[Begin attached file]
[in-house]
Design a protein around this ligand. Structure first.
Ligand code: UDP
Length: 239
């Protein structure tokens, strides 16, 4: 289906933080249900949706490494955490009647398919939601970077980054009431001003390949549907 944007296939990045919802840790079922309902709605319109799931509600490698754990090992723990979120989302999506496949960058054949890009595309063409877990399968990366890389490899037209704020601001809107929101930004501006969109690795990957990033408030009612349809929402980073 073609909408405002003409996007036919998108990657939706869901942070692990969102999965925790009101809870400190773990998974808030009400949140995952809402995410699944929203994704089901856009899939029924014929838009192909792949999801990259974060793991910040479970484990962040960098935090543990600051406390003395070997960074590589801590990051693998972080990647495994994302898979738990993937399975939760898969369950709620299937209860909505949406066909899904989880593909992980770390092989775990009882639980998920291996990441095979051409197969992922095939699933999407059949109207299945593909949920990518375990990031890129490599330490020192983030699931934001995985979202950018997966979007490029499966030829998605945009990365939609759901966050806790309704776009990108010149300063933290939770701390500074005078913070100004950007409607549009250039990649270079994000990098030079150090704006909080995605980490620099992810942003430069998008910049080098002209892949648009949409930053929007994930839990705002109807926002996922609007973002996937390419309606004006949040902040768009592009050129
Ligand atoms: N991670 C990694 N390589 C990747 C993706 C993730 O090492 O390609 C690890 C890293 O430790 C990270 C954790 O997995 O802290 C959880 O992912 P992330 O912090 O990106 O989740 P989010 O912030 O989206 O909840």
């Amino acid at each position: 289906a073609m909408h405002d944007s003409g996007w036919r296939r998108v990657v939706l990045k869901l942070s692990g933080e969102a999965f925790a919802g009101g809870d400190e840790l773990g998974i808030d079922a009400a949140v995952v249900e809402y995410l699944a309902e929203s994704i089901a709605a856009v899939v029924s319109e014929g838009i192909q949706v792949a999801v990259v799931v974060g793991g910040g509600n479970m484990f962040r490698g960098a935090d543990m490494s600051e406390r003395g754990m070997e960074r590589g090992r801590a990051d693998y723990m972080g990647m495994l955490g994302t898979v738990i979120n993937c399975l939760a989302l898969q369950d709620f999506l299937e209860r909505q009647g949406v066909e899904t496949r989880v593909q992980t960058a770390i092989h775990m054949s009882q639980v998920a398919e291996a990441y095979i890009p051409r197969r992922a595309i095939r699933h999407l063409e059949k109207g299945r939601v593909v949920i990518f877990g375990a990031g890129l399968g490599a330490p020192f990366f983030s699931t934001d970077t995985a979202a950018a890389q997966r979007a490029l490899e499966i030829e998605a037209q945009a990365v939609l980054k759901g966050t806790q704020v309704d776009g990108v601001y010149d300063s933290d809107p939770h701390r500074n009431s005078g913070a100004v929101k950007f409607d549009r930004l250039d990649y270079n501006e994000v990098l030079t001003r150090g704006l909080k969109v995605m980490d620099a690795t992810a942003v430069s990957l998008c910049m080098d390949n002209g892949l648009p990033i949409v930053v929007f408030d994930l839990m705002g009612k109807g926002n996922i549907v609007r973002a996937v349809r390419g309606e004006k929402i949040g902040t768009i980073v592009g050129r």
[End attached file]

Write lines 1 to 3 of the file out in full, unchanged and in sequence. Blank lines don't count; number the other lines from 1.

[in-house]
Design a protein around this ligand. Structure first.
Ligand code: UDP